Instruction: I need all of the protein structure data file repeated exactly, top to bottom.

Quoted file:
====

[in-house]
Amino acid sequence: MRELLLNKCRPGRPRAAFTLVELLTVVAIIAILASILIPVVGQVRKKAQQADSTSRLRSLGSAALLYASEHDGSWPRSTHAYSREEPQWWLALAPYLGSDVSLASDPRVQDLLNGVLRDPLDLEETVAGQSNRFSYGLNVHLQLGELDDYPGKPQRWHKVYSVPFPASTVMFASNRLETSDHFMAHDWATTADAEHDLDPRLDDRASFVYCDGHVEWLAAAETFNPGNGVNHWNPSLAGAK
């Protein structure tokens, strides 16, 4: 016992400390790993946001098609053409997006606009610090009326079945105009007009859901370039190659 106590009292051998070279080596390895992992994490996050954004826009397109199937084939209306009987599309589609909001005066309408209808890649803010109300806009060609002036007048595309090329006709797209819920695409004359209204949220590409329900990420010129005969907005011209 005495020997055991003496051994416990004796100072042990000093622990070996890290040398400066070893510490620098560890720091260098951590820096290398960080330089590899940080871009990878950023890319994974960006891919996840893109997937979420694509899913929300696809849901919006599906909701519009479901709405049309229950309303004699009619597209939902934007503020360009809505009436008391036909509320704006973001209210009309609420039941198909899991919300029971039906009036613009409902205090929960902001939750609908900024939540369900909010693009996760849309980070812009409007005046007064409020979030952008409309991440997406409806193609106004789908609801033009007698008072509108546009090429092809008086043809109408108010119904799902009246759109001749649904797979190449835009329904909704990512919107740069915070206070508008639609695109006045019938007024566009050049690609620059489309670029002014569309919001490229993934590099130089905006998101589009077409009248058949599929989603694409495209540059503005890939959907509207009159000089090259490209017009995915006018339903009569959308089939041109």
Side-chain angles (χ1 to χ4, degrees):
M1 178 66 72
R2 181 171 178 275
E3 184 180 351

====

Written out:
[in-house]
Amino acid sequence: MRELLLNKCRPGRPRAAFTLVELLTVVAIIAILASILIPVVGQVRKKAQQADSTSRLRSLGSAALLYASEHDGSWPRSTHAYSREEPQWWLALAPYLGSDVSLASDPRVQDLLNGVLRDPLDLEETVAGQSNRFSYGLNVHLQLGELDDYPGKPQRWHKVYSVPFPASTVMFASNRLETSDHFMAHDWATTADAEHDLDPRLDDRASFVYCDGHVEWLAAAETFNPGNGVNHWNPSLAGAK
């Protein structure tokens, strides 16, 4: 016992400390790993946001098609053409997006606009610090009326079945105009007009859901370039190659 106590009292051998070279080596390895992992994490996050954004826009397109199937084939209306009987599309589609909001005066309408209808890649803010109300806009060609002036007048595309090329006709797209819920695409004359209204949220590409329900990420010129005969907005011209 005495020997055991003496051994416990004796100072042990000093622990070996890290040398400066070893510490620098560890720091260098951590820096290398960080330089590899940080871009990878950023890319994974960006891919996840893109997937979420694509899913929300696809849901919006599906909701519009479901709405049309229950309303004699009619597209939902934007503020360009809505009436008391036909509320704006973001209210009309609420039941198909899991919300029971039906009036613009409902205090929960902001939750609908900024939540369900909010693009996760849309980070812009409007005046007064409020979030952008409309991440997406409806193609106004789908609801033009007698008072509108546009090429092809008086043809109408108010119904799902009246759109001749649904797979190449835009329904909704990512919107740069915070206070508008639609695109006045019938007024566009050049690609620059489309670029002014569309919001490229993934590099130089905006998101589009077409009248058949599929989603694409495209540059503005890939959907509207009159000089090259490209017009995915006018339903009569959308089939041109």
Side-chain angles (χ1 to χ4, degrees):
M1 178 66 72
R2 181 171 178 275
E3 184 180 351